Tag Archives: #gapol

In Good Faith

Apparently some Georgia state senators have come to the conclusion that personal liberties and rights preserved by the constitution don’t really matter is law enforcement is working “in good faith.” SB-94 reportedly will make way for law enforcement to obtain secret search warrants, secretly retain seized property remove presumption of innocence by allowing search warrants to be obtained with probable cause that a crime is about to be committed, allow for anyone, whether certified as a law enforcement officer or not, to apply for issue of search warrants even if they have no duty of enforcing the law, and allow law enforcement to engage in illegal surveillance as long as they are doing so in good faith.

At a time when our jails are busting at the seams, when the U.S. has imprisoned a greater percentage of its population than any other civilized country in the world, including China, when various law enforcement agencies and jurisdictions are under scrutiny for abuse of power the state of Georgia wants to make it more difficult to hold law enforcement accountable? I’m seriously not believing this.

Supposedly, there were “good intentions” when the Habersham County sheriff deputies busted in a house and threw a flash-bang that injured an 18-month old. There were “good intentions”, supposedly, of sheriff deputies descending upon a house in Laurens County on the basis of the word of a known thief that there was “meth” in that house…and killing a good man who had no drugs in the house, or anywhere else

The answer to “bad results” is not to enable more people to be able to engage in acts to cause more bad results to happen, and then to give immunity to the results of their actions, all on the basis of “well, we acted in good faith.”

Source: The Political Vine, » Blog Archive » The Road to Hell (in Georgia) – Part 1

Don’t take my lack of support for GA SB-94 as a lack of support of good law enforcement. I fully support the vast majority of law enforcement officers who are out there to protect and serve a community. I want to protect these fine men and women wearing blue by eliminating the little tin-star tyrants that tarnish the reputation of the good officers out there. SB-94 will make reigning in bad police just that much harder. It can’t be allowed to pass in the form it has taken.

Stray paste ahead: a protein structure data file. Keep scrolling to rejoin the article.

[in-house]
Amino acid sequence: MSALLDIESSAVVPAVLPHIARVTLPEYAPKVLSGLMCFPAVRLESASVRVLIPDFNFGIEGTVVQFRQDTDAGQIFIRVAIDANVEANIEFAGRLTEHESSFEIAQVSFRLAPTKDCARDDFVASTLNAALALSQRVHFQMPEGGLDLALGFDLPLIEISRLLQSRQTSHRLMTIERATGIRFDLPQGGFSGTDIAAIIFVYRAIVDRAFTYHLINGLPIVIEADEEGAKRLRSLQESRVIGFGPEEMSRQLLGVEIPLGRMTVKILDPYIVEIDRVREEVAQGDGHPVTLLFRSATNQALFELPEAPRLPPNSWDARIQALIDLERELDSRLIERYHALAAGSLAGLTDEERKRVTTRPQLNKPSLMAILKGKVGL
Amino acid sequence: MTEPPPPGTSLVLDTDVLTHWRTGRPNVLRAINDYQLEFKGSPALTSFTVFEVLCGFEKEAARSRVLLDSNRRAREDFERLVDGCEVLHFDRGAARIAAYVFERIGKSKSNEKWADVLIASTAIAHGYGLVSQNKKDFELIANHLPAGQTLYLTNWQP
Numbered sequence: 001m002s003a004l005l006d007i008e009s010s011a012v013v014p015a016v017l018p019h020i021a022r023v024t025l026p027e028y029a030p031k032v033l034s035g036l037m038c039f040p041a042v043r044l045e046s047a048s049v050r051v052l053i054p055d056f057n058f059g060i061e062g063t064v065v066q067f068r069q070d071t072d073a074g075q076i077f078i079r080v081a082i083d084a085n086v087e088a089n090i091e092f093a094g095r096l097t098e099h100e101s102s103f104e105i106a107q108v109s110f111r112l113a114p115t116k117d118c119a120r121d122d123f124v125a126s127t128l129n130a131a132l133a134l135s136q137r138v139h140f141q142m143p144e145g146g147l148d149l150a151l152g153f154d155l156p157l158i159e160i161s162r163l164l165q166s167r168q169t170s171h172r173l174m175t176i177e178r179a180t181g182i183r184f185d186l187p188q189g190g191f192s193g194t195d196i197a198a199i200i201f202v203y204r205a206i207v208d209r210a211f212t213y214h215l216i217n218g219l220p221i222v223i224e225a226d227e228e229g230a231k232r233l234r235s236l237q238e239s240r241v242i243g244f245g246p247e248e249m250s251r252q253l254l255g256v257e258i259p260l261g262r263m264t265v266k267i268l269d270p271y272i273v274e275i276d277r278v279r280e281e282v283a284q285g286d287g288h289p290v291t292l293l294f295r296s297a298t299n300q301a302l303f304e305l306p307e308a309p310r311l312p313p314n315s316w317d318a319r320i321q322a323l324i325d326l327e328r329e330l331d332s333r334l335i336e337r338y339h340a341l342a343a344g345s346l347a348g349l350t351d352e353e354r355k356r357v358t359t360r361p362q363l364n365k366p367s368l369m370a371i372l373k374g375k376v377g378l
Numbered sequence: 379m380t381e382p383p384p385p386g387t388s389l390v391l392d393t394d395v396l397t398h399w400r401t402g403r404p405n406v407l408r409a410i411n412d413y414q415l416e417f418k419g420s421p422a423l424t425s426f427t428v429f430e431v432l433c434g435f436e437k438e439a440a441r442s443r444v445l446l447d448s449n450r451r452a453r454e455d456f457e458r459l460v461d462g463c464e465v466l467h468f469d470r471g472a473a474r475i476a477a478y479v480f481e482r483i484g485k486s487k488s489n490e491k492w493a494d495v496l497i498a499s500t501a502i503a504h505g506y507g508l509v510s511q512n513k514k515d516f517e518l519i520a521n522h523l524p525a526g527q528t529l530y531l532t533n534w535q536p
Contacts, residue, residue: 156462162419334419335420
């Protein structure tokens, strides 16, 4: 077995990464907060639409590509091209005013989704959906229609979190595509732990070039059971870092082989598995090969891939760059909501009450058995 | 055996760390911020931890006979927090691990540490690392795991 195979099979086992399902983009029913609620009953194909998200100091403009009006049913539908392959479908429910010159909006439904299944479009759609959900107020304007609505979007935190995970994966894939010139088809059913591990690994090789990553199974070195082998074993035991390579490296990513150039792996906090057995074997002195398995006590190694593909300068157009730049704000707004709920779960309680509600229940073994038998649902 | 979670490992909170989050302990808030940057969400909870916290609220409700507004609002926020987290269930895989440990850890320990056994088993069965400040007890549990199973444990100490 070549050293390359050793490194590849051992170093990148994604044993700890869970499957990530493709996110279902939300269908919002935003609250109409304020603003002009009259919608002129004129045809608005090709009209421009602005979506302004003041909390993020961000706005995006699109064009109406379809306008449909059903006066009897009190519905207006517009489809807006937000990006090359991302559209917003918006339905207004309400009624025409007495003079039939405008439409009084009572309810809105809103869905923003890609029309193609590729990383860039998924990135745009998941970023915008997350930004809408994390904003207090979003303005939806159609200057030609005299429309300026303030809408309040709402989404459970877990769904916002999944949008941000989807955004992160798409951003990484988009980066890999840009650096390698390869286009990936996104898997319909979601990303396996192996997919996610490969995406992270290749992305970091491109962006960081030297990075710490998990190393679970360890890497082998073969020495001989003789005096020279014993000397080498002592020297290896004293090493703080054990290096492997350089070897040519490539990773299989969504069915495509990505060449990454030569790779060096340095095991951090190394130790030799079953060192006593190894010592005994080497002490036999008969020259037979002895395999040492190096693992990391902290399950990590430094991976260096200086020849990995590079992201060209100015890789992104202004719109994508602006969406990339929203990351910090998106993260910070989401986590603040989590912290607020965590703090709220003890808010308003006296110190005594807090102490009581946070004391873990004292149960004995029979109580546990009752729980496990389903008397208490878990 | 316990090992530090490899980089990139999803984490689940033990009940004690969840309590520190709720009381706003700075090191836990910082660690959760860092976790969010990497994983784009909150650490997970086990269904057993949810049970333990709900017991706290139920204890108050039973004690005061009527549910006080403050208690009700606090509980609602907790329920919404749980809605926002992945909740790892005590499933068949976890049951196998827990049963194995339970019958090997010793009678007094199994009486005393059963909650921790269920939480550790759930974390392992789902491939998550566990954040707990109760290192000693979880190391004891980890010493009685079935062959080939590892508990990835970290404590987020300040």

And now a word about HB58 #gapol

This from the February 9th issue of the AJC.

Do you wonder why there aren’t more independent candidates, when so many people say they’re sick of the Republicans and Democrats? One reason is Georgia has some of the nation’s strictest ballot-access rules for third-party candidates. HB 58 by Rep. John Pezold, R-Fortson, would lower the threshold for these candidates to get on the ballot. Instead of needing petition signatures from 5 percent of all registered voters eligible to vote in the race, a candidate would need signatures equal to 2 percent of the total votes cast in the last election for the office. Example: In my state House district last year, an independent candidate needed 1,776 signatures to get on the ballot. Under this law, he would have needed less than 500. This could bring competition for seats at the General Assembly, 80 percent of which had only one candidate on last November’s ballot, as well as congressional seats.

How many times have you went to vote and practically everyone on the ballot is running unopposed? Have you ever wondered why that is when all of us fuss about the rascals in office? Surely you would think someone would run against them as much as we fuss about them. So why doesn’t anyone? It’s next to impossible to get on the ballot. That’s why. This bill would go a long ways to fix this.

So what I want you to do if you are registered to vote in the state of Georgia is first find you state representative and senator and then call them, write them or e-mail them and tell them that there is no reason for them not to support this bill. It has to pass. The only way this will get fixed is if you do something about it. This is what you need to do about it and then you need to get ten friends to do the same thing.